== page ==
For Italians, Christopher Columbus is a historical figure who has added prestige to their history, as the explorer who discovered America, a navigator, an entrepreneur, a brave citizen of Genoa who pushed himself to the limits of the known world. For Italians, his memory is sanitised and unblemished by everything that drove, and continues to drive, many demonstrators to tear down statues of him in various cities. Just one man but with two contrasting stories: in one he is viewed as a courageous captain, in the other as a ruthless and racist coloniser, responsible for having cruelly slaughtered whole tribes of indigenous people.

The memory that is not remembered

In general, the issue of statues and their toppling to make way for other narratives has not gone down well with Italian public opinion.

The preferred argument of many Italian intellectuals who have observed the anti-racist movements originating in the United States with growing disquiet is their repeated accusation that people are so intent on looking for bogeymen that they are seeing these where there are none.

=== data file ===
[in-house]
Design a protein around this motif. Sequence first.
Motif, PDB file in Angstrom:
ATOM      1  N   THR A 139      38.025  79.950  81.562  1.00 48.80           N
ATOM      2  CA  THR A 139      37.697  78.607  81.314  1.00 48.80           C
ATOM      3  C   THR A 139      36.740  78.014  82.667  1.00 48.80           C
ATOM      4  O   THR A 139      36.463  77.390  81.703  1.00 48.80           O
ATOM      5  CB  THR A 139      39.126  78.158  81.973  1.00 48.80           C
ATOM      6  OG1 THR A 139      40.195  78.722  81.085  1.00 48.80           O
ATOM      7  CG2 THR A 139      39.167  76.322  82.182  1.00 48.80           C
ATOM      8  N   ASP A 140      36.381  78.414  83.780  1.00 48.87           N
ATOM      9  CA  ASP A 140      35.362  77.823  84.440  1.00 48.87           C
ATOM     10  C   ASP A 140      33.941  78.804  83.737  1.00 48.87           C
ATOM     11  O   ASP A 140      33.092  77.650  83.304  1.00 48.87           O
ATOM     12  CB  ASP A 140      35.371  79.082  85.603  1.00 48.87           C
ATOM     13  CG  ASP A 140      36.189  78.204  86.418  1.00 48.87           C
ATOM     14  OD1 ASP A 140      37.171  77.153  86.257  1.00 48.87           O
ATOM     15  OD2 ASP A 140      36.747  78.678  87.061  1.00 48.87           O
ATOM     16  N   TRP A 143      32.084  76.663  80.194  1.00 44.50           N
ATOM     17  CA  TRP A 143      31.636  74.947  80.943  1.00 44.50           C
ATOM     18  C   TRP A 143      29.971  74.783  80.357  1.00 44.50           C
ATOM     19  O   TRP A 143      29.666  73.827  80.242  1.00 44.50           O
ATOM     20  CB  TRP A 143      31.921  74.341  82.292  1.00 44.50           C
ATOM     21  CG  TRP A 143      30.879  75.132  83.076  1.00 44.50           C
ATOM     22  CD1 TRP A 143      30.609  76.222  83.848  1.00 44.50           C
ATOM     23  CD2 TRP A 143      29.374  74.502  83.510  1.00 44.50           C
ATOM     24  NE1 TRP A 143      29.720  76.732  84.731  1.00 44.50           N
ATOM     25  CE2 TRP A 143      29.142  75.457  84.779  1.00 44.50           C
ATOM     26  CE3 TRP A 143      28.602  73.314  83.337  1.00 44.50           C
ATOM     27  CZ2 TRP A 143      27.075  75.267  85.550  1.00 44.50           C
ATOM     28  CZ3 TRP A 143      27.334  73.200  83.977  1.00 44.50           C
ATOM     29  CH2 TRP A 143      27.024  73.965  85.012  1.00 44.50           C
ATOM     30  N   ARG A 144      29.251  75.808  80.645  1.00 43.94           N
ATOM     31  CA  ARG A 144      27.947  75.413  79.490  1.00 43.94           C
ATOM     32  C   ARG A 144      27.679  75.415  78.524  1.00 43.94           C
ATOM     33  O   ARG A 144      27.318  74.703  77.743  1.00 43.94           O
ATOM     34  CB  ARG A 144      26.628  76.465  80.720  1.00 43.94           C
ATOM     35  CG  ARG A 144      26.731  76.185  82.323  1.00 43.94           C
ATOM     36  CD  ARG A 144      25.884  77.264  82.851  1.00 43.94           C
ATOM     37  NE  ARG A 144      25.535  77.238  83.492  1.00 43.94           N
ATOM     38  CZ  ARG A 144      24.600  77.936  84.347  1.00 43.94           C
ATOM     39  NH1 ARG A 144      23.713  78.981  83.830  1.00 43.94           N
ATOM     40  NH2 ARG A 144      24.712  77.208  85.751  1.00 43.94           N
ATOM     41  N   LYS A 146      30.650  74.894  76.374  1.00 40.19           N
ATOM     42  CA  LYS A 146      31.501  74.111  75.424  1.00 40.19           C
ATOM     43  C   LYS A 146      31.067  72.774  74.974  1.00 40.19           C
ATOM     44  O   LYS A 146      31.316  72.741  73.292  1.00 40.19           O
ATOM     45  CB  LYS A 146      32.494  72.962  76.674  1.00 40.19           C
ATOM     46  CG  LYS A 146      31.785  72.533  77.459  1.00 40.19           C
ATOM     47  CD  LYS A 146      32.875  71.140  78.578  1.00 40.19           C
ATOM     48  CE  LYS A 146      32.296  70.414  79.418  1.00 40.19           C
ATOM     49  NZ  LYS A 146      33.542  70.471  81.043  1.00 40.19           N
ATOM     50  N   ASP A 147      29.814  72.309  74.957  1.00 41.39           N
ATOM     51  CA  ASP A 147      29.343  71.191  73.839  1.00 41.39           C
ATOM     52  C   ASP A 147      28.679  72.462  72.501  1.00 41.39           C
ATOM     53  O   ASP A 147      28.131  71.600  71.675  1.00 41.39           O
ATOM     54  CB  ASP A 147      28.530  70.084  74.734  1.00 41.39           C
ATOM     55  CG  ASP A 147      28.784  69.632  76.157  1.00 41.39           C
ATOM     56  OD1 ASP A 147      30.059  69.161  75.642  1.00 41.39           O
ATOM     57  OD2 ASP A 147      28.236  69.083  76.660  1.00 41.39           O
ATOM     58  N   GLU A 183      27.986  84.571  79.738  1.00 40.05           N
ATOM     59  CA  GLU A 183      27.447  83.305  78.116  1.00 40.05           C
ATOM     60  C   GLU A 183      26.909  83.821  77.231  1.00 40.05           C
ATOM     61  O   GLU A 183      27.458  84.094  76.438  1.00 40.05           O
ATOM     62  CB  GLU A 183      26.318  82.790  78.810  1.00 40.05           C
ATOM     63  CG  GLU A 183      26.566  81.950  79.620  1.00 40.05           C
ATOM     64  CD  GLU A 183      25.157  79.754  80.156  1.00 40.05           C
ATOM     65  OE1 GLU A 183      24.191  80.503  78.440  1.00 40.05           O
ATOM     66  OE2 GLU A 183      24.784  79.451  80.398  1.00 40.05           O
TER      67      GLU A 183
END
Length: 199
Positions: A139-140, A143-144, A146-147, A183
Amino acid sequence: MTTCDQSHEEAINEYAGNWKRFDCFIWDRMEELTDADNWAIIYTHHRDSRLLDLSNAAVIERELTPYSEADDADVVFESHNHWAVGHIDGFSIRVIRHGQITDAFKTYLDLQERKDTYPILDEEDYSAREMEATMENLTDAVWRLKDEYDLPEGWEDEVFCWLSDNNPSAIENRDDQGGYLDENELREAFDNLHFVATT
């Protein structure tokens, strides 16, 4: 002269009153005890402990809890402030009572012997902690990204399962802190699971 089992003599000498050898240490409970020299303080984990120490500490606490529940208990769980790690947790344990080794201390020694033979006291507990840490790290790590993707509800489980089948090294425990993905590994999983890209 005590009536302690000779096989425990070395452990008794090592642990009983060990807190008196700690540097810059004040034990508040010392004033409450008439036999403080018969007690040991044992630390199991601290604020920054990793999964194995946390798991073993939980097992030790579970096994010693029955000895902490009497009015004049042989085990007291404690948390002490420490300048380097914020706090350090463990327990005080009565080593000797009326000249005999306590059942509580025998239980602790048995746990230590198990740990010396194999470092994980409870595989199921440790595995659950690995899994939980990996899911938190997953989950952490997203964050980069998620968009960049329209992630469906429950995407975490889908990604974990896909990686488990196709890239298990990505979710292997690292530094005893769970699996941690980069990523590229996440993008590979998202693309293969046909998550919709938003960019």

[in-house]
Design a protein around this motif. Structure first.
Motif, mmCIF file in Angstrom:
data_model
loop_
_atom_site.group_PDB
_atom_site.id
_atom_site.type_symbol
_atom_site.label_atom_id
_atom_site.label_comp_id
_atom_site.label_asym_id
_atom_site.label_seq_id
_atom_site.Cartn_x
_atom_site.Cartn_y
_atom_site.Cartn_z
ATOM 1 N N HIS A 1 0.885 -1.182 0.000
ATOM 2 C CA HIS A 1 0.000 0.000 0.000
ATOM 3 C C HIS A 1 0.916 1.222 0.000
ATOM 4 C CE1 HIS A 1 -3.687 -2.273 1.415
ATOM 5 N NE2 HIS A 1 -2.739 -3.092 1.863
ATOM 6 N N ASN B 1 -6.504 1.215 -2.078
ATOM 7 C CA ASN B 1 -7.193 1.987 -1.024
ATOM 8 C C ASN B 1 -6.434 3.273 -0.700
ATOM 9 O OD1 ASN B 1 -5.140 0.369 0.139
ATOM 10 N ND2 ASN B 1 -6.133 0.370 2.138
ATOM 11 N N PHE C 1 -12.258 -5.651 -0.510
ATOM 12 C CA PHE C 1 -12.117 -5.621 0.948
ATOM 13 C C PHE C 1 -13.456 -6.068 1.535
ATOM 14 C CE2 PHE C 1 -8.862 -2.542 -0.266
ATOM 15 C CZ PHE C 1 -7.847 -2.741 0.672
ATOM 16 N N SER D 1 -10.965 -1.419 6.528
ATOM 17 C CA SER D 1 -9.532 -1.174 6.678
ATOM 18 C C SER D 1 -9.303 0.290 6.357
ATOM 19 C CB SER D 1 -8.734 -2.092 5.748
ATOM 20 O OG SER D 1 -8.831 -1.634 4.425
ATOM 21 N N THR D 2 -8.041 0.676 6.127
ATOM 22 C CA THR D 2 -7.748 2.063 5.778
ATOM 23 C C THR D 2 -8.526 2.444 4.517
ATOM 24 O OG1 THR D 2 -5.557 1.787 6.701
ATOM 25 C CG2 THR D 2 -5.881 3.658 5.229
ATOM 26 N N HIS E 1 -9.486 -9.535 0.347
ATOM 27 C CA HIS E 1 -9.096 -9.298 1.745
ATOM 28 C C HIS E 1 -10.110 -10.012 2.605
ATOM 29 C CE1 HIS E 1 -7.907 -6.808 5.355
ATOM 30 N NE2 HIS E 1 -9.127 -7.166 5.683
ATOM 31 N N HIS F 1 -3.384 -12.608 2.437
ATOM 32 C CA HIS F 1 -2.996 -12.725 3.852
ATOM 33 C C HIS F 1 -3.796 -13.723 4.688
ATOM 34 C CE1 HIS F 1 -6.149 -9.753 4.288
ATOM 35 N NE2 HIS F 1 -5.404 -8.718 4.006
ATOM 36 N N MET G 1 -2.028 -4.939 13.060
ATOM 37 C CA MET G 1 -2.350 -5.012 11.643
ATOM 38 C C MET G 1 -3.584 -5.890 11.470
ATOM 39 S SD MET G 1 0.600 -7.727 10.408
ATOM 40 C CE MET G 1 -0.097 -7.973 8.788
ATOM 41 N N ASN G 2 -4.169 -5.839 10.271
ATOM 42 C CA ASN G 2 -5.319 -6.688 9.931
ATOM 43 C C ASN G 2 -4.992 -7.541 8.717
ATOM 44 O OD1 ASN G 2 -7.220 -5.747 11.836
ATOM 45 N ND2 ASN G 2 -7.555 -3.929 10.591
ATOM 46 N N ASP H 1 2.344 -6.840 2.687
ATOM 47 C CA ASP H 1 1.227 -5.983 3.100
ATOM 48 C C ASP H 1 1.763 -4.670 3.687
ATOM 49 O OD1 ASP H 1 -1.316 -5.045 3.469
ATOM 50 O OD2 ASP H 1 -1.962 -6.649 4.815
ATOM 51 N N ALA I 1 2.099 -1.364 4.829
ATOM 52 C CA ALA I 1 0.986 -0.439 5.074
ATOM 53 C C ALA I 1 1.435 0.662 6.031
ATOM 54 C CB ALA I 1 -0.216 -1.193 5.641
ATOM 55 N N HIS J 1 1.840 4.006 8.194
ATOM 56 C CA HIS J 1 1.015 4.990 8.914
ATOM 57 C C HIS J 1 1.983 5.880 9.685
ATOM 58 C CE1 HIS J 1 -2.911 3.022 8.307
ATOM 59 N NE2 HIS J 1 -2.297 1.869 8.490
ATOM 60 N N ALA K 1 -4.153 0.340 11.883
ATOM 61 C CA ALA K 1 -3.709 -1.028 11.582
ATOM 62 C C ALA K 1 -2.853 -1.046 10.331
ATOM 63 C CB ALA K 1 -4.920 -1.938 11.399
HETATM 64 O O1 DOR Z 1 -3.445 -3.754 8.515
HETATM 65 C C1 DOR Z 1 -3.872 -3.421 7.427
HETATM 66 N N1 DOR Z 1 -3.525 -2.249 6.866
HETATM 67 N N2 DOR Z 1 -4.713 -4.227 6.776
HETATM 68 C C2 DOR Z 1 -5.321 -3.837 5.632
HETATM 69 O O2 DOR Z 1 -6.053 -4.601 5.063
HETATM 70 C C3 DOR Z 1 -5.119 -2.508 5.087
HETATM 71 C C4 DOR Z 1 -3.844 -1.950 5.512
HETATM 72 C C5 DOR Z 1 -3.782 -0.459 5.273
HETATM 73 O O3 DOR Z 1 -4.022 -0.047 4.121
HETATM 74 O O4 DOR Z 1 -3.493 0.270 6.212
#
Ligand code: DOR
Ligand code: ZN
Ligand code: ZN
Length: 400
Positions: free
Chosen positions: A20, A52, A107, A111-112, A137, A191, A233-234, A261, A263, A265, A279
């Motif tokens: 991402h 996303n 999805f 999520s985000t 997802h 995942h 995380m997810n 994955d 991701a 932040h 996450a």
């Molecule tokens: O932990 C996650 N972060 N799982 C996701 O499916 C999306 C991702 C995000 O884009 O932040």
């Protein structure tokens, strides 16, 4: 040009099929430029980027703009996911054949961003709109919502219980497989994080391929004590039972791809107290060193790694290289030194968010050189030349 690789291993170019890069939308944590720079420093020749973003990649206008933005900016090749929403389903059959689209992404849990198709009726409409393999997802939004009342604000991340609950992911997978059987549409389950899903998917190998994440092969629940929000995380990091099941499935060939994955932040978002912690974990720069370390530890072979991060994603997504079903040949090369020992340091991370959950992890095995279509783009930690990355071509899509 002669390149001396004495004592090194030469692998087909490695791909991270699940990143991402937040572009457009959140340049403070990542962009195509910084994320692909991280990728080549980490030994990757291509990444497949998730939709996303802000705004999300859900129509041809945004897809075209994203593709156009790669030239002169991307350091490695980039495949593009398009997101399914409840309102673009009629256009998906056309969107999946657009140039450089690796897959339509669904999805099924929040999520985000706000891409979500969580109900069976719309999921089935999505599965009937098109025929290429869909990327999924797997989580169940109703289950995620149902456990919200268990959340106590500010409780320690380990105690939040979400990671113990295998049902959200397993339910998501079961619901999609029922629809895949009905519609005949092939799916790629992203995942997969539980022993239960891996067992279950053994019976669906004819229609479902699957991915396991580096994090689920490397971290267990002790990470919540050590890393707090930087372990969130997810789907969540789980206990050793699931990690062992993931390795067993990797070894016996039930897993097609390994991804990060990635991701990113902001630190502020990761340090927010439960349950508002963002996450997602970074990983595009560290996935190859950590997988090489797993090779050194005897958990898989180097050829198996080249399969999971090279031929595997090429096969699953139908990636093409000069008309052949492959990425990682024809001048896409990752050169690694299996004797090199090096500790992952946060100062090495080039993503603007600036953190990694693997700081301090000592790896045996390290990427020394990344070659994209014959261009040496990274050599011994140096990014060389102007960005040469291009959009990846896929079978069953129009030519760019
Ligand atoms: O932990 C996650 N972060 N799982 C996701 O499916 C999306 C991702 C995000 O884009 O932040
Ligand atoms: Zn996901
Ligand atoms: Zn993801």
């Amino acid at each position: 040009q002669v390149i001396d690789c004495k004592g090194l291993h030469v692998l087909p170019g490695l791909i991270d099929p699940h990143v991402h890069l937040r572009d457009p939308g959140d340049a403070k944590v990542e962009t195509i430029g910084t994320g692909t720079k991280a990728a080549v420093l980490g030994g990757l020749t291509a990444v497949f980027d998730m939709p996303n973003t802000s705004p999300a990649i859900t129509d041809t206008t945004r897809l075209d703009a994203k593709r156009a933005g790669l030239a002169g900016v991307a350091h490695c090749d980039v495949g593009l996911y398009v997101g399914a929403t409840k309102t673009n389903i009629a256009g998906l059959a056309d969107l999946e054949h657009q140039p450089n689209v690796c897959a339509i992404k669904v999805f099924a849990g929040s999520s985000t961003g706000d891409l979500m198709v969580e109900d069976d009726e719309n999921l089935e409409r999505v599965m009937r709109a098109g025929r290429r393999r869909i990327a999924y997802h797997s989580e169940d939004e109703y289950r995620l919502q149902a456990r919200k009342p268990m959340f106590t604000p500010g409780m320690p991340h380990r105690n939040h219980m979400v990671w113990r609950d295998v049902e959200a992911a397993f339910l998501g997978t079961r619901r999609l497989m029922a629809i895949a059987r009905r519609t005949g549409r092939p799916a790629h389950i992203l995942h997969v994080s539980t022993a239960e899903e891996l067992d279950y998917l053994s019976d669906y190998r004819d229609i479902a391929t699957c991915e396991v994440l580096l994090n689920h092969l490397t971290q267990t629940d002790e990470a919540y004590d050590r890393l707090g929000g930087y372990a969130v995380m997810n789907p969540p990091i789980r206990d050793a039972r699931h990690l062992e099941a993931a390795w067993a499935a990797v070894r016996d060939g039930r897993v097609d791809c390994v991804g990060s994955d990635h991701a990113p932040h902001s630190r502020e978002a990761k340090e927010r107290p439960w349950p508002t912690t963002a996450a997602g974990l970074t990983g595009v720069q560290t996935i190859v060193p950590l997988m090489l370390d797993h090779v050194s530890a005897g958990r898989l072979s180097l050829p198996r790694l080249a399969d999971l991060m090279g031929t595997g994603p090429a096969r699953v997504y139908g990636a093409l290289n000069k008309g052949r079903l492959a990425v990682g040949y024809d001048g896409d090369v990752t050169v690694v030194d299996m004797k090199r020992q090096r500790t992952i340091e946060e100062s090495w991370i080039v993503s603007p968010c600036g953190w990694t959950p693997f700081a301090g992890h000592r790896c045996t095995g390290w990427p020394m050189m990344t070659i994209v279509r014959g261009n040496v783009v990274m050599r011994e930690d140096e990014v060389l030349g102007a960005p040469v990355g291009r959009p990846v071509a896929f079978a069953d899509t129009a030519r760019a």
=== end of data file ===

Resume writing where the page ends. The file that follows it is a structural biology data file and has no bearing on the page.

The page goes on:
This refusal to engage with a historical analysis of colonial Italy that needs to be completely revised and reinterpreted is illustrated by the case of the statue of Indro Montanelli, an Italian journalist who founded daily newspaper Il Giornale. Over the past four years, the statue in the Milan public gardens bearing Montanelli’s name has been the subject of fierce criticism, especially from the transfeminist movement Non Una Di Meno (NUDM – Not One Less), which on 8 March 2019, International Women’s Day, smeared the statue of the renowned journalist with washable pink paint. This act, which aimed to get public opinion to reflect on a controversial hidden aspect of Montanelli’s life, became a flashpoint that was revived in the midst of the public debate sparked by BLM and the similar fate of statues of slave holders, mercenaries and murderers.

But who was Indro Montanelli?

Looking beyond the historical considerations surrounding his involvement with Italy’s fascist regime, Indro Montanelli was a symbol of Italian journalism. As such he was regarded as an untouchable historical figure deserving of accolades, whose time as a soldier in Abyssinia was written off as a piffling, insignificant footnote to a brilliant existence. Montanelli is the perfect example of a man who enters the annals of history and is set to remain there, leaving behind him the devastation of an event from the prime of his life which he described as follows: